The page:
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Patent Policy, Technological Innovation, and Government Contracts: A Selective Critique

Collins, Wayne D. and Ferejohn, John A. and Kevles, Daniel J. (1974) Patent Policy, Technological Innovation, and Government Contracts: A Selective Critique. Social Science Working Paper, 56. California Institute of Technology , Pasadena, CA. (Unpublished) https://resolver.caltech.edu/CaltechAUTHORS:20171101-144643147

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Abstract

In traditional economics, the patent system has rested on a twofold justification: 1) The award of a temporary monopoly to the creator of an invention will induce investment in inventive activity; 2) Given such a temporary monopoly, the inventor will make his invention public knowledge. Numerous writers have treated the first assertion, and a few have considered the second. But there is also a general welfare question to be considered: Is society better off with a patent system than without one?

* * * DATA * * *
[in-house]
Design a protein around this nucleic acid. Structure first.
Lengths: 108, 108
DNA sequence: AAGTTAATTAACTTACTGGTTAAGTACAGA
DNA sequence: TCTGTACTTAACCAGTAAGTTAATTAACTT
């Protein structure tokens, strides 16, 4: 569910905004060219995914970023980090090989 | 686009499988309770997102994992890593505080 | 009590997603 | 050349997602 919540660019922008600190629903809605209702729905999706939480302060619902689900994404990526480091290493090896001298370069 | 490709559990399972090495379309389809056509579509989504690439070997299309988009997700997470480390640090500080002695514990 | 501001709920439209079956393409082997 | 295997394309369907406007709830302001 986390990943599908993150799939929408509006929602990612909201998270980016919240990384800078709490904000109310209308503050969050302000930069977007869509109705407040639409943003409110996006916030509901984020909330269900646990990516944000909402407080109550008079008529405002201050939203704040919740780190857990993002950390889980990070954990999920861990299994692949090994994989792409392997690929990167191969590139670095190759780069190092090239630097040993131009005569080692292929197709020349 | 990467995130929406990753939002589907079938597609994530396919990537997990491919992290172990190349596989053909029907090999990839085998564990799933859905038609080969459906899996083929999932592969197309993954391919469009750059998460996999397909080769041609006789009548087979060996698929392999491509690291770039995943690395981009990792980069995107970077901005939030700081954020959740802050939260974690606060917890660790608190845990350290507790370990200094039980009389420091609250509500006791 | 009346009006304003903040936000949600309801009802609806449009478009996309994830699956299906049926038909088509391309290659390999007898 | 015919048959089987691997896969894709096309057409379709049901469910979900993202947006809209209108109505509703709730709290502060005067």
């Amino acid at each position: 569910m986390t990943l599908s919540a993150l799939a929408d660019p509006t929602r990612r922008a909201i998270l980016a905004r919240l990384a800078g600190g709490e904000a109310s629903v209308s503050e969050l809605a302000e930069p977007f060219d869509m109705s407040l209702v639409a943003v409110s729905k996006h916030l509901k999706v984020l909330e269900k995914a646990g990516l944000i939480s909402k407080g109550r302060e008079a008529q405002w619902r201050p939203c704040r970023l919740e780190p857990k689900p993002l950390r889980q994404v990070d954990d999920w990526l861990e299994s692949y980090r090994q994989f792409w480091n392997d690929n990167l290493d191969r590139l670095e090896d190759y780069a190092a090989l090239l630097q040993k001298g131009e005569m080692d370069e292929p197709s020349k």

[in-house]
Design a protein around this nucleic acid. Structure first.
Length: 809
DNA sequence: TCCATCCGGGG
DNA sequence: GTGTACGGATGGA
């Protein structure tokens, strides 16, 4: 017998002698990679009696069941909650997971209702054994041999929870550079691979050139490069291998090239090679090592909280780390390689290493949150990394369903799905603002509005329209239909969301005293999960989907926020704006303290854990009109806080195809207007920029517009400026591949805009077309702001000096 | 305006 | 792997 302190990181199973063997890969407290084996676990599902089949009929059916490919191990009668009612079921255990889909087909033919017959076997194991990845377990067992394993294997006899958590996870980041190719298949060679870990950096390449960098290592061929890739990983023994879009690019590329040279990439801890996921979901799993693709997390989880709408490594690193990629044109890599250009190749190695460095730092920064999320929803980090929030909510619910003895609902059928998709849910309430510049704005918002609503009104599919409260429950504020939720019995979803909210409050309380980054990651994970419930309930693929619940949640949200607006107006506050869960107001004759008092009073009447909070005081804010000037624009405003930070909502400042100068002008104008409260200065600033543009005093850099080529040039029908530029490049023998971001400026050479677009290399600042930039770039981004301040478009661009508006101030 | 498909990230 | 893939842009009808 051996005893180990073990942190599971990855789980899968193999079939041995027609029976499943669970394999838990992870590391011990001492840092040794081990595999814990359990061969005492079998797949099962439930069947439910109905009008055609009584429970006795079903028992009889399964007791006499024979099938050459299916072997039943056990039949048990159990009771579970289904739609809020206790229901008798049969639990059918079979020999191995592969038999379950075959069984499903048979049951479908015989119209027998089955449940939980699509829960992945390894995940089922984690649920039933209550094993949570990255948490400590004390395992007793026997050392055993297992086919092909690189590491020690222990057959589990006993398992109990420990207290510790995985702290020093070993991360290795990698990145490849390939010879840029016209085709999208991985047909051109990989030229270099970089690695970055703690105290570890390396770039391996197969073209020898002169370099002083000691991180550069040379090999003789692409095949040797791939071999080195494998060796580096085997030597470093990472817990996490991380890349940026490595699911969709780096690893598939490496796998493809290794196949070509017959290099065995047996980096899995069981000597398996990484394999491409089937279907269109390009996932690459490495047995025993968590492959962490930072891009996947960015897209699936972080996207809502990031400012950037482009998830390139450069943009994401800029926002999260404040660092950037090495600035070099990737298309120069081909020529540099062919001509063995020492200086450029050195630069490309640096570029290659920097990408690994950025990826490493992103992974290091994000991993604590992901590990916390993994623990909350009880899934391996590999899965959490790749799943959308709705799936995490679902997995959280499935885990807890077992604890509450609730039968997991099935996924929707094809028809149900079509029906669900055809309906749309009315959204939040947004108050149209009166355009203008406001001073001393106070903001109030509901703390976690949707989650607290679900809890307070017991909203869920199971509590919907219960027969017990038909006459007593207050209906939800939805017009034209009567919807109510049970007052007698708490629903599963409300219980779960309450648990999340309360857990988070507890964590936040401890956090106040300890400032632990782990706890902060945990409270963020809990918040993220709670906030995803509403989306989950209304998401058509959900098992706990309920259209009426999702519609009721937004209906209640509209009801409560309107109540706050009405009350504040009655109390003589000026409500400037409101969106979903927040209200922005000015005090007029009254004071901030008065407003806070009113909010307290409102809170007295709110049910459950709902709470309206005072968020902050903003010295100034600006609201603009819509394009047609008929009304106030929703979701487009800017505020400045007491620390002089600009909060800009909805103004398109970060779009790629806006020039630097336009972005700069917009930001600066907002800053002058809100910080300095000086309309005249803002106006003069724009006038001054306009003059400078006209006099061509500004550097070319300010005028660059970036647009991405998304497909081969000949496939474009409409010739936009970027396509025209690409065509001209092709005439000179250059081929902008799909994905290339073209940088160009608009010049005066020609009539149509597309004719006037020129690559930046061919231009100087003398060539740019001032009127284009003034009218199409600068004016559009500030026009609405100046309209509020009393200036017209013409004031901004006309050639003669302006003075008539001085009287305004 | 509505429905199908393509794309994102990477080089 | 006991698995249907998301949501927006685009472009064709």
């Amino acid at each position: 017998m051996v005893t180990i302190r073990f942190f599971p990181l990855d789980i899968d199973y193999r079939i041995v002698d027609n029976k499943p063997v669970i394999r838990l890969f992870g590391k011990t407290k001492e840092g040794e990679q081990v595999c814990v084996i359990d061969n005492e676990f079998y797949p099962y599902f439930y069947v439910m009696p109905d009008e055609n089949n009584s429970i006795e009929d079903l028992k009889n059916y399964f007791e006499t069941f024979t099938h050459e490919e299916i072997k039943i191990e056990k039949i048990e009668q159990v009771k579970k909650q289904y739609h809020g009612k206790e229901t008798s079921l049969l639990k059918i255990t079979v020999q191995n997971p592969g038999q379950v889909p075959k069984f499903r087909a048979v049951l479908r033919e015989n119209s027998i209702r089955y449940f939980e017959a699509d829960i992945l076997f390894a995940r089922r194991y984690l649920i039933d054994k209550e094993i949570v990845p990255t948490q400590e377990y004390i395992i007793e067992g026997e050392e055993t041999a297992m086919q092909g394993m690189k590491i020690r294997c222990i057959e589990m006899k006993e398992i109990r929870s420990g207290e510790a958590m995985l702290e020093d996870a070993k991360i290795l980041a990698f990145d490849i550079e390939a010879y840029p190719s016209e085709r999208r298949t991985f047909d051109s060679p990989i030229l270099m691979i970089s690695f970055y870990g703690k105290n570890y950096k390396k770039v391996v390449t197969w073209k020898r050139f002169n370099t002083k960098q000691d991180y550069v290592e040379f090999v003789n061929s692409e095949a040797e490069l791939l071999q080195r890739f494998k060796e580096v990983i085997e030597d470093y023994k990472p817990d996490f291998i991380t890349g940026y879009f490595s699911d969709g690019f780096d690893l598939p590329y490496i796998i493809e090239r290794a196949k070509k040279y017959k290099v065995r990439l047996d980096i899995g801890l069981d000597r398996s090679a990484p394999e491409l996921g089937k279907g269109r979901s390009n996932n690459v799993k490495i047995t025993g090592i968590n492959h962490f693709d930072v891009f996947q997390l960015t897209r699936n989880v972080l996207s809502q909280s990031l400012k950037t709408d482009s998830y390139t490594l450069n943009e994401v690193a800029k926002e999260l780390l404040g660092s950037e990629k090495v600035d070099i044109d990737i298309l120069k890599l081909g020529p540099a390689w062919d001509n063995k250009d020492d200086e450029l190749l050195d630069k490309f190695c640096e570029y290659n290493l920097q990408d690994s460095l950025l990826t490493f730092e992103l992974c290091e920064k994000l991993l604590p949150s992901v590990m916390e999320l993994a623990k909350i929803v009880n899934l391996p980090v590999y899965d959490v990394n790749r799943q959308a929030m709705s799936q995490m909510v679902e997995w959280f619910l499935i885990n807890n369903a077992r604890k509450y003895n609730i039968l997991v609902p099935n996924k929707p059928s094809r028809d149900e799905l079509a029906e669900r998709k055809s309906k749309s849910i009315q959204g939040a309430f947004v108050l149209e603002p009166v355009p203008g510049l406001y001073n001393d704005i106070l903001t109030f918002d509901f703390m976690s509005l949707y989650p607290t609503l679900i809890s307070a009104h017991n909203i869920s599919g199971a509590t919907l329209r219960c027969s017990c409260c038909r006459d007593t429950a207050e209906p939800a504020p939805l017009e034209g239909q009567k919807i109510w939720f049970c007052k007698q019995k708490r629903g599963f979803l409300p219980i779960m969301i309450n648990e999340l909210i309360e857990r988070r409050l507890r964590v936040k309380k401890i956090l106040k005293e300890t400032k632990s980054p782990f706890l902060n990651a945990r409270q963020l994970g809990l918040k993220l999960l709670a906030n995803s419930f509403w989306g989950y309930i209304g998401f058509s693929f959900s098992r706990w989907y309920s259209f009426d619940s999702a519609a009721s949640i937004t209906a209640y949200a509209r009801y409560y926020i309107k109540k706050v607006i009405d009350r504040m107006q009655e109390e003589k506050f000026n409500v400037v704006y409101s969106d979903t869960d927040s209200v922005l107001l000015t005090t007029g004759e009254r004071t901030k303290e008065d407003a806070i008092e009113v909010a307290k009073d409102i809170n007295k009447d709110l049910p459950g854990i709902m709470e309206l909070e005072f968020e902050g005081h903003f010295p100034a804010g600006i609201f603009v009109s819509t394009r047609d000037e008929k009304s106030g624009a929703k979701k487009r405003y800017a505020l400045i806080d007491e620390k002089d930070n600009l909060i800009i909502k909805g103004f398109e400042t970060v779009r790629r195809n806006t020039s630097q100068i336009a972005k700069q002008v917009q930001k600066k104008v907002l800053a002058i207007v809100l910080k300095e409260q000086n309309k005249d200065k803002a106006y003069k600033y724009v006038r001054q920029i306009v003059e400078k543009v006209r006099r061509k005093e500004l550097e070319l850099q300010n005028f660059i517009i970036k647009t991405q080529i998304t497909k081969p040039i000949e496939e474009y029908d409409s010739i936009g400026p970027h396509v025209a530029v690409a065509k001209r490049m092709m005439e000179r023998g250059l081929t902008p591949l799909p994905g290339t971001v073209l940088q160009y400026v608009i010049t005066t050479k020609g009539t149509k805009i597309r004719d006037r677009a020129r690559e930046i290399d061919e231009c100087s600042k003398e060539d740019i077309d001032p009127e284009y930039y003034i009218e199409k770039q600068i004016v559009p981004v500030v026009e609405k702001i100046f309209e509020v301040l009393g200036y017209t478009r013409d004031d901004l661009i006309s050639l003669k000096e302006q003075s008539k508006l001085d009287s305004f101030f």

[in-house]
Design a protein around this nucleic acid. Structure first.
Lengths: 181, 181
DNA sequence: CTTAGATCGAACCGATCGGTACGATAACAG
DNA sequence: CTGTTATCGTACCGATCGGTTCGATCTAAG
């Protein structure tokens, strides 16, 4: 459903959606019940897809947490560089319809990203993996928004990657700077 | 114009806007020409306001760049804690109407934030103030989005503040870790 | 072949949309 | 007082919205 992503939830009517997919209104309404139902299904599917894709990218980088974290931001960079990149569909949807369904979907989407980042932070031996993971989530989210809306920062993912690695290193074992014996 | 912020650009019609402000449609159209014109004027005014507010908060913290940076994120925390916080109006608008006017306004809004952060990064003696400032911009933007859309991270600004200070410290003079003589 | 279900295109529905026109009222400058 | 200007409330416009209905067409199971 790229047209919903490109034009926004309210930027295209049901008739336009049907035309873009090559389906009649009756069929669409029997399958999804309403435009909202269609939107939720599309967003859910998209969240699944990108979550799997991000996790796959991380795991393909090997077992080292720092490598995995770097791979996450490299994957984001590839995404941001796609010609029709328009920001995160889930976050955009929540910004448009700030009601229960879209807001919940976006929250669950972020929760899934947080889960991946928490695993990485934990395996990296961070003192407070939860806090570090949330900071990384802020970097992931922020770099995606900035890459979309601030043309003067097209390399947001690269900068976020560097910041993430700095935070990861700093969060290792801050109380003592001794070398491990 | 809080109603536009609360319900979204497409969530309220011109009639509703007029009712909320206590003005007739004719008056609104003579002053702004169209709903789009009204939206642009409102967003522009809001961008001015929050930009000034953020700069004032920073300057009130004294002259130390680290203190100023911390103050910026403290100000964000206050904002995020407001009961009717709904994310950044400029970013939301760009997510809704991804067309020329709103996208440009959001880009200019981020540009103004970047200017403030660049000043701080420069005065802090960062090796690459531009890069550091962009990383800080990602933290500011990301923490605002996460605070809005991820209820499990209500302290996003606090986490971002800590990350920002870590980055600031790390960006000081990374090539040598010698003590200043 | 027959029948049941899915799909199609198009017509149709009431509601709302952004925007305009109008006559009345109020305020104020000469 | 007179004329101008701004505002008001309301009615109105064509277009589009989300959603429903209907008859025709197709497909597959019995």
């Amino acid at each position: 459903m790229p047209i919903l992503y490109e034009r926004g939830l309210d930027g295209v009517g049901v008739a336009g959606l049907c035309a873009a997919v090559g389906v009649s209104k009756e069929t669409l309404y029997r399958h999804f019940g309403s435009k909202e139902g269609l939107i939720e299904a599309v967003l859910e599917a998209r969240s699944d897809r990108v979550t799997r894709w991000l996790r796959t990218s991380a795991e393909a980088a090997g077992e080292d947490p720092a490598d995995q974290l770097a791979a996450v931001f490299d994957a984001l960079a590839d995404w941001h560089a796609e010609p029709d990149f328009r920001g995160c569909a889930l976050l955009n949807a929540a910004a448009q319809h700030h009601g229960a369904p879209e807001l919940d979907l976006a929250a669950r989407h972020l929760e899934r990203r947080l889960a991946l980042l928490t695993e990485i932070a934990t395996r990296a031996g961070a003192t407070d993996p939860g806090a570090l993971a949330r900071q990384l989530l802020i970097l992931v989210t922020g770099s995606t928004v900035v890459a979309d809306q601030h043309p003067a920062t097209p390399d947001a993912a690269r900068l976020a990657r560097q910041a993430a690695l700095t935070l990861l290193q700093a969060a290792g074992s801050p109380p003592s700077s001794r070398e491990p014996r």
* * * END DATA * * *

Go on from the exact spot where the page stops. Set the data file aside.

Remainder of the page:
Item Type:Report or Paper (Working Paper)
Additional Information:Published in Government Policies and Technological Innovatio, National Technical Information Service. National Science Foundation, Washington, D.C. 20550. Vol. II, p. 23-51, State-of-the-Art Surveys, PB244572/AS, 1974.
Group:Social Science Working Papers
Series Name:Social Science Working Paper
Issue or Number:56
Record Number:CaltechAUTHORS:20171101-144643147
Persistent URL:https://resolver.caltech.edu/CaltechAUTHORS:20171101-144643147
Usage Policy:No commercial reproduction, distribution, display or performance rights in this work are provided.
ID Code:82850
Collection:CaltechAUTHORS
Deposited By: Jacquelyn Bussone
Deposited On:02 Nov 2017 19:43
Last Modified:03 Oct 2019 18:59

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